Activate LED when water not present

Discussion in 'The Projects Forum' started by srubino386, Feb 29, 2016.

  1. srubino386

    Thread Starter New Member

    Feb 29, 2016
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    Hey everyone

    So I am having trouble with this project of mine. Basically, I need an LED to turn on when water is not present (dries out). So first I need this to happen with just a bowl of water (oh and I cannot add salt at any point). Then need it to also work with a bowl of wet sand, bowl of wet paper towels, soil, etc. So I took a 9v and ran a copper wire at each end of the bowl and then to a 9v normally open relay, however it only works when the wires are touching, it's not conducting through the water. Then tried it with a 3v relay, same problem... Hmmm.

    Any help would be greatly appreciated!
     
  2. DNA Robotics

    Member

    Jun 13, 2014
    123
    26
    Until someone comes up with a better idea, do a web search for LM339 comparator circuits. I think it is sensitive enough. You may find a circuit that you can use. The output on or off depends on which input you use.
     
  3. AnalogKid

    Distinguished Member

    Aug 1, 2013
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    While regular water does conduct electric current, it does not do it very well. The current through the water is not enough to do much of anything directly. The signal has to be amplified and compared against a reference voltage to determine if there is enough current to equate to the presence of water (or damp materials). Because passing DC through water causes electrolysis and other chemical reactions, the signal through the water usually is an AC signal, either a sinewave or square wave. This makes detection a bit more complex, but not much. The innergoogle has many circuits for water detection. Modifying one to reverse the action of the indicator is a minor change.

    ak
     
  4. Picbuster

    Member

    Dec 2, 2013
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    Simple problem use an alternating current like a block two advantages:
    a: no problem with electrolyse
    b: pure water acts like a bad capacitor so it has an impedance.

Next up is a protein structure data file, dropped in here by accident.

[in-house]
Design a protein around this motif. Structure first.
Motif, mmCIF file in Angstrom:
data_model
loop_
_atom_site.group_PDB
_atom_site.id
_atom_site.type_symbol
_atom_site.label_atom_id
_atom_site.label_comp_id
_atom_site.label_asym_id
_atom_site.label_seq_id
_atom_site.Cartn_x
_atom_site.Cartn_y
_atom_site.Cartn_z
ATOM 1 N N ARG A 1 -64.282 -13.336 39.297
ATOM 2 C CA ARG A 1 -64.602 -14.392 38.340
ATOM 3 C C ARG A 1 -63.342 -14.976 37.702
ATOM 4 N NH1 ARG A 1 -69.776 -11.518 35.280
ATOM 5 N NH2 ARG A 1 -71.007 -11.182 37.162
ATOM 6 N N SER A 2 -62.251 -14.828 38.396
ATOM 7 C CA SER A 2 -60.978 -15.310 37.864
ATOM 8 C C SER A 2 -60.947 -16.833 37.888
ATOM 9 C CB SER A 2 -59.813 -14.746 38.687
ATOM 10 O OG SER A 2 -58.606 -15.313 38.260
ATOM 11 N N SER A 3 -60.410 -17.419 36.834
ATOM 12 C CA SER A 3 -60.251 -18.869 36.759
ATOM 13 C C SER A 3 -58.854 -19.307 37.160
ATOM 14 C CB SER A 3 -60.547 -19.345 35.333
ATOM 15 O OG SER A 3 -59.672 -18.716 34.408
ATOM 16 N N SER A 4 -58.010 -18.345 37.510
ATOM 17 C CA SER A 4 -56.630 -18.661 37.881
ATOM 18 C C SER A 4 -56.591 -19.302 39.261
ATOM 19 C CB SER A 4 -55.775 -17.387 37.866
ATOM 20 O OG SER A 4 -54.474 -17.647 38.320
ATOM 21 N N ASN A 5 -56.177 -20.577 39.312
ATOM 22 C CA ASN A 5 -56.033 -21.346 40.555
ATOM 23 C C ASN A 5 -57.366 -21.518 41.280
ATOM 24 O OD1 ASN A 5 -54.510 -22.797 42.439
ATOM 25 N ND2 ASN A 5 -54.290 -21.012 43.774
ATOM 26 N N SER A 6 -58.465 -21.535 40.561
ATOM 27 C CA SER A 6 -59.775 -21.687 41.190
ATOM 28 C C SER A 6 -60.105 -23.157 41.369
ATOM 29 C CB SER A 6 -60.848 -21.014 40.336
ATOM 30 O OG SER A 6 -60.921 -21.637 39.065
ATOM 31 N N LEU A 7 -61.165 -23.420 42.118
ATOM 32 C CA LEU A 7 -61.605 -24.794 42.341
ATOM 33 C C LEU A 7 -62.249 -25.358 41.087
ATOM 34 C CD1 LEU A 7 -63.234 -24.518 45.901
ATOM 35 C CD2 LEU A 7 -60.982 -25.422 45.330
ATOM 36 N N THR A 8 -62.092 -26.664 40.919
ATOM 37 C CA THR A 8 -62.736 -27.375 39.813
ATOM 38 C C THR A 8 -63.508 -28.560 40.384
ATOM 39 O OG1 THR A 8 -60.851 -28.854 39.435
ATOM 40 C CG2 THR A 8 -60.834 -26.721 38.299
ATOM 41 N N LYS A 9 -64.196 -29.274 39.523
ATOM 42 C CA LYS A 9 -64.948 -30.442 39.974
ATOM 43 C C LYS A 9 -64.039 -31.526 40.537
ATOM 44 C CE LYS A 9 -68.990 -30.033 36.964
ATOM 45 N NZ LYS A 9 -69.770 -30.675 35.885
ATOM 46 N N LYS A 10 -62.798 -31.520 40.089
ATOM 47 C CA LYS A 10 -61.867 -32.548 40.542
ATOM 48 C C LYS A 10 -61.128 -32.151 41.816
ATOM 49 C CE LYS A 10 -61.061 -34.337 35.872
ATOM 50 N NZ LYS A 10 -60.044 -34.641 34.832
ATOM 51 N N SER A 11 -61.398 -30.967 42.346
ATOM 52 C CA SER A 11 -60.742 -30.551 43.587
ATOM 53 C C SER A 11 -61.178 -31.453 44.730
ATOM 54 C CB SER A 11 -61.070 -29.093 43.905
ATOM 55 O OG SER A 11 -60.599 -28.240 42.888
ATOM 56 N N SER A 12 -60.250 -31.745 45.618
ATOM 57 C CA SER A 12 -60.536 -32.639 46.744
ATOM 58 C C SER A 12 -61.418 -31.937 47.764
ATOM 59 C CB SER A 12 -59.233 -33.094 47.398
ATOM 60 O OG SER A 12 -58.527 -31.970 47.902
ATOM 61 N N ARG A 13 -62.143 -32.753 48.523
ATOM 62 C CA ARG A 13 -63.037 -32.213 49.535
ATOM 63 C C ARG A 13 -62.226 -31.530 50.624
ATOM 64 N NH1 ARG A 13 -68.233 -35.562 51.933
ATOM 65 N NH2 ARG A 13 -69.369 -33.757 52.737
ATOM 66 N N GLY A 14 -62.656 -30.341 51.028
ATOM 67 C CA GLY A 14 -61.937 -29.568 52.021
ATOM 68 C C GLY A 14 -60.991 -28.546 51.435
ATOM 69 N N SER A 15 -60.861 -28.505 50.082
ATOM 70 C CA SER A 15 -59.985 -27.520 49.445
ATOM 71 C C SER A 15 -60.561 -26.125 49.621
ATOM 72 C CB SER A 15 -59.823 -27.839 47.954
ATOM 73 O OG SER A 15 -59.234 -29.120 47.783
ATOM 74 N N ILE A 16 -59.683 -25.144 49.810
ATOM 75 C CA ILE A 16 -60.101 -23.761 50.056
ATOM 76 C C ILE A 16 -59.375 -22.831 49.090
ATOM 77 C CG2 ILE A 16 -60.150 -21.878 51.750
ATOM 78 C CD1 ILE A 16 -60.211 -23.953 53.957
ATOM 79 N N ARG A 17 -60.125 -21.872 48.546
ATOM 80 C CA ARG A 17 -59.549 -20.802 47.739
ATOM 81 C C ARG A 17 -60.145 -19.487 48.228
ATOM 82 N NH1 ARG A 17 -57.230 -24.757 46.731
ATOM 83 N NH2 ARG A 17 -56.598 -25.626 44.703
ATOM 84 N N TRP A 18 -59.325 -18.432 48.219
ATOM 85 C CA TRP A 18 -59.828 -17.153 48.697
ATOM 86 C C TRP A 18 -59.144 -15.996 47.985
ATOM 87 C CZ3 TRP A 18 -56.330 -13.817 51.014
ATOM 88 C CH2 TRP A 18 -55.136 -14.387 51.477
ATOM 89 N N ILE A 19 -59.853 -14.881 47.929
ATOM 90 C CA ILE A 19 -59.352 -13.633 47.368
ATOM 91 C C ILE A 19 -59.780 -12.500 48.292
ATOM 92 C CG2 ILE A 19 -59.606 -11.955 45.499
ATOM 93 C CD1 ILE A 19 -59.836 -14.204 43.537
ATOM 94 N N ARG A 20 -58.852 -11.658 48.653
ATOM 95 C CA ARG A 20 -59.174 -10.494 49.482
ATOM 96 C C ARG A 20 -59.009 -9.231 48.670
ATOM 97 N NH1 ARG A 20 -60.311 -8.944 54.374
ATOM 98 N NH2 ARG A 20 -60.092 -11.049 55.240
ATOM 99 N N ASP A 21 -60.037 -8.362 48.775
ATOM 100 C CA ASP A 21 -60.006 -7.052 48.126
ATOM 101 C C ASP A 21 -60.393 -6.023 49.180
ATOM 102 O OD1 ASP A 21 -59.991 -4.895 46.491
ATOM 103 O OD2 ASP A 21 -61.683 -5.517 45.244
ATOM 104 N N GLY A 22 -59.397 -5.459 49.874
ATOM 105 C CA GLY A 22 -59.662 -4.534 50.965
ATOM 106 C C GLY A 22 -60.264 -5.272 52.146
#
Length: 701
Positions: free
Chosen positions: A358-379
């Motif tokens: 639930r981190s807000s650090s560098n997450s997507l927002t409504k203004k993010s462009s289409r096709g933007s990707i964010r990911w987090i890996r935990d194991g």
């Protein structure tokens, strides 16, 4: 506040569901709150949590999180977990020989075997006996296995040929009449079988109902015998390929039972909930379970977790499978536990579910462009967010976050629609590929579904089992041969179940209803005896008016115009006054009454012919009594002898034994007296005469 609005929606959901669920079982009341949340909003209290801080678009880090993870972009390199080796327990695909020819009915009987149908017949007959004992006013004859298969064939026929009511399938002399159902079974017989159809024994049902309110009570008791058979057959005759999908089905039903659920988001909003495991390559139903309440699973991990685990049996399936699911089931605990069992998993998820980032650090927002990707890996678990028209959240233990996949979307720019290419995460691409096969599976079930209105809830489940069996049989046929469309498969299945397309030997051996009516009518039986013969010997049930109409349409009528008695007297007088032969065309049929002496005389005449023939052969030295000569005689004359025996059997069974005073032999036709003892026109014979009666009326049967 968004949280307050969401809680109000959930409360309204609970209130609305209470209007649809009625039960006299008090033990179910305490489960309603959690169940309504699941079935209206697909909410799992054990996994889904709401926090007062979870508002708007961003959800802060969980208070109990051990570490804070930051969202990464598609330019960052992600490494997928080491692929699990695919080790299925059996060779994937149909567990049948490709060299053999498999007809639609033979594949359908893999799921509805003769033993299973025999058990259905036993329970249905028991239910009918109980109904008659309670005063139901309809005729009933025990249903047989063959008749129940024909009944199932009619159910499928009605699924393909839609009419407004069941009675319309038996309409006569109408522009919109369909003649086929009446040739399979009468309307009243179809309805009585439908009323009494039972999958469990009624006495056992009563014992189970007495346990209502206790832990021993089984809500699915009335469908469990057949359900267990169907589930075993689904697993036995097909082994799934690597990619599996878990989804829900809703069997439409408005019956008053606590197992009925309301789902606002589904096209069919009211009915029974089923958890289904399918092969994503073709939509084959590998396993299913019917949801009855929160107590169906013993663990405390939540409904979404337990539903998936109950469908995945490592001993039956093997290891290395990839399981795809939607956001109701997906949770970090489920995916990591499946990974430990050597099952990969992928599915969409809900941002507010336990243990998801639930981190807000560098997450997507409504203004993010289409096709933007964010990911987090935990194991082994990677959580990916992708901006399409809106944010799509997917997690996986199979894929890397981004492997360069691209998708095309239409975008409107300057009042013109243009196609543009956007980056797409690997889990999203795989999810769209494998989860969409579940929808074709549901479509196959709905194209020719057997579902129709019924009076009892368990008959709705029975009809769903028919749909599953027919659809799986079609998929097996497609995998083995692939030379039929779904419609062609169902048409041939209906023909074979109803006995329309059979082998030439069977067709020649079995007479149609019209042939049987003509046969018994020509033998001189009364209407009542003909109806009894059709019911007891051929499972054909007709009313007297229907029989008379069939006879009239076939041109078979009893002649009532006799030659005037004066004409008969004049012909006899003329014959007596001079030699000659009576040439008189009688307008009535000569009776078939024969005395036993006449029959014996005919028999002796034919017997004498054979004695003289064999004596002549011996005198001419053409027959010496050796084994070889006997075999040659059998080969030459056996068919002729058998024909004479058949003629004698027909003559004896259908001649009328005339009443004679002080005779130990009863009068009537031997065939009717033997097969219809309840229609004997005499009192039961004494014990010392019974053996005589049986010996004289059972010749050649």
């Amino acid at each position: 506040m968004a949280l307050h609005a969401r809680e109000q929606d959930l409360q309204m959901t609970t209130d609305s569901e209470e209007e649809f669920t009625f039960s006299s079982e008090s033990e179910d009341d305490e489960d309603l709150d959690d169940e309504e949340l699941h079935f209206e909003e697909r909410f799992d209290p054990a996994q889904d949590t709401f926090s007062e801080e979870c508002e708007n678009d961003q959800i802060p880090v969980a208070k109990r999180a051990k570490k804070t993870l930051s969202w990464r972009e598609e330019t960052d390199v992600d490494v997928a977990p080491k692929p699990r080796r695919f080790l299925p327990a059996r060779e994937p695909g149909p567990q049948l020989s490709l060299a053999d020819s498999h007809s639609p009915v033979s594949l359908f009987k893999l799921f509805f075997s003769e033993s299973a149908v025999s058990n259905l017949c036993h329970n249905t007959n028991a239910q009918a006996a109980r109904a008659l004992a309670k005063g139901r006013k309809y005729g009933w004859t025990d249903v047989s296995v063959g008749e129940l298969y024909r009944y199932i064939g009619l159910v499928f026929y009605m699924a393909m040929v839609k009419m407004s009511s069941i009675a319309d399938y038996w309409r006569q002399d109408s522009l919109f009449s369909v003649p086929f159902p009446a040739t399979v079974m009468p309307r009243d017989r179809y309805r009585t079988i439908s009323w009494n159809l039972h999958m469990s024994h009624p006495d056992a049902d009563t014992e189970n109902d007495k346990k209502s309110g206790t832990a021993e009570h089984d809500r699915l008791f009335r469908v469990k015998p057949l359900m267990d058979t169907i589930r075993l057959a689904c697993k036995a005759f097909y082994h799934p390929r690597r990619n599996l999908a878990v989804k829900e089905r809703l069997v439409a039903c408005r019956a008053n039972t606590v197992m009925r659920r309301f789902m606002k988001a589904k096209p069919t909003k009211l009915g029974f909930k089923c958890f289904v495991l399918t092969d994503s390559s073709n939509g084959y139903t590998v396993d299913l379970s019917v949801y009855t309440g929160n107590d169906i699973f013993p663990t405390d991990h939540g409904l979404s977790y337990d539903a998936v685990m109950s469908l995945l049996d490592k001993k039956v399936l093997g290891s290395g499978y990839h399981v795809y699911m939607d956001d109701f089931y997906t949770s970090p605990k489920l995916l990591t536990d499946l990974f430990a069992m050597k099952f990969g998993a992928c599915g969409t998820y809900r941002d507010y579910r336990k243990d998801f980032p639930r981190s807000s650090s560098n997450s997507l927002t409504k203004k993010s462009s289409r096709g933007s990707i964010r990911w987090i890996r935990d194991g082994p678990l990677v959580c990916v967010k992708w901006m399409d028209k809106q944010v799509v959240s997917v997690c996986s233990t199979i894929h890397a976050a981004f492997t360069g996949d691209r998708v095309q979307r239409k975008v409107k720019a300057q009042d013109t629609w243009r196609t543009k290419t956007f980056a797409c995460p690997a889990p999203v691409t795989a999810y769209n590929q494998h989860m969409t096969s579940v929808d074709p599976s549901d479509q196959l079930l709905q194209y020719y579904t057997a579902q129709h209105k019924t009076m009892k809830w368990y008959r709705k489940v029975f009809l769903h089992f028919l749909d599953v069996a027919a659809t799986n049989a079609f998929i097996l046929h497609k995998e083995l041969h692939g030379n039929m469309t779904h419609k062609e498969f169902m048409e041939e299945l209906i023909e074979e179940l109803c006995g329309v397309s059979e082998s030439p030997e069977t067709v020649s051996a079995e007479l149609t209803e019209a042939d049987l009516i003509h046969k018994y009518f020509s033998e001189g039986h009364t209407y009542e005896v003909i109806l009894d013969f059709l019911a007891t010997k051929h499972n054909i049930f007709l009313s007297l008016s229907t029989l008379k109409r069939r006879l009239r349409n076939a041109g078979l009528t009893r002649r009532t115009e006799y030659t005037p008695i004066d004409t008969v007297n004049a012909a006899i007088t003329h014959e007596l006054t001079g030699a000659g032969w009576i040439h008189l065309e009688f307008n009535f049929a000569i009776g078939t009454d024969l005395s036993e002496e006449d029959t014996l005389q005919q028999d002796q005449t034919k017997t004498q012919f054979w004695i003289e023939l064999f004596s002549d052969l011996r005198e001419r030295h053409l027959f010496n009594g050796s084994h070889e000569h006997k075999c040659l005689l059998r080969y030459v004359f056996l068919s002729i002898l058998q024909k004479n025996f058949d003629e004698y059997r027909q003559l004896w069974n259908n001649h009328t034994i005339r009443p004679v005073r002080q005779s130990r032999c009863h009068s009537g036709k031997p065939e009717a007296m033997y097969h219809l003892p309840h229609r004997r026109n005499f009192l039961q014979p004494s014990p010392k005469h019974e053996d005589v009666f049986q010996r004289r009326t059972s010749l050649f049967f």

take two metal bars one to gnd separate and isolate 1 cm approx.
    generate a block feed this via resistor and capacitor into a metal bar not connected to gnd.
    use opamp measure between resistor and capacitor.
    This is a measure for water level. that's all.
     
  5. Dodgydave

    Distinguished Member

    Jun 22, 2012
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    You need to use an AC detection system like this...when water is present the led lights up, take the led from output to ground to make it on when no water detected.

    circuit

    Swap the opto-coupler for a led or transistor and relay.
     
    Last edited: Mar 22, 2016
  6. TheButtonThief

    Active Member

    Feb 26, 2011
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  7. srubino386

    Thread Starter New Member

    Feb 29, 2016
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    Thanks Dave,
    I've been trying to give this a shot and am still having trouble... I think this might be beyond my capability. Would you be able to walk me through this a little further? I hope we can work something out!

    Thanks again,
     
  8. Dodgydave

    Distinguished Member

    Jun 22, 2012
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    Ok what have you got done at the moment?
     
  9. ResFiber

    New Member

    Mar 9, 2016
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  10. Alec_t

    AAC Fanatic!

    Sep 17, 2013
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    The post #9 linked circuit uses DC energisation of the probes. That will result in relatively rapid corrosion of the probes. Dave's suggested circuit in post #5 is better.
     
  11. Dodgydave

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    Jun 22, 2012
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  12. srubino386

    Thread Starter New Member

    Feb 29, 2016
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    You know what, I'm not ready to give up just yet! Give me a few more days and I will get back to you....
     
  13. srubino386

    Thread Starter New Member

    Feb 29, 2016
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    Ok, I'm having trouble correctly placing everything in my breadboard... Ugh, I feel like I've tried this every which way now. My board goes from A-J, 0-60. Is there anyway you can help walk me through the placement of each item?
    Thanks!
     
  14. AnalogKid

    Distinguished Member

    Aug 1, 2013
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    Photo of your current layout...?

    ak
     
  15. Wendy

    Moderator

    Mar 24, 2008
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    Project : Pet Water Dish Alarm Sensor

    This is very close to what you describe.

    After 4 months I have noticed some corrosion on electrodes, thin wire used for picture hanging, but they still work. When I designed this I planned on replacing the electrodes periodically.
     
  16. srubino386

    Thread Starter New Member

    Feb 29, 2016
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    Alright so keep in mind I am new to bread boarding and electronics lol. Feel like I got about halfway there... Please help, and I apologize but I'm probably going to need very specific instructions...
     
  17. srubino386

    Thread Starter New Member

    Feb 29, 2016
    6
    0
    Thanks Dave
    So admittedly I haven't made it very far, I am obviously new to electronics but have posted a picture of where I'm at...
     
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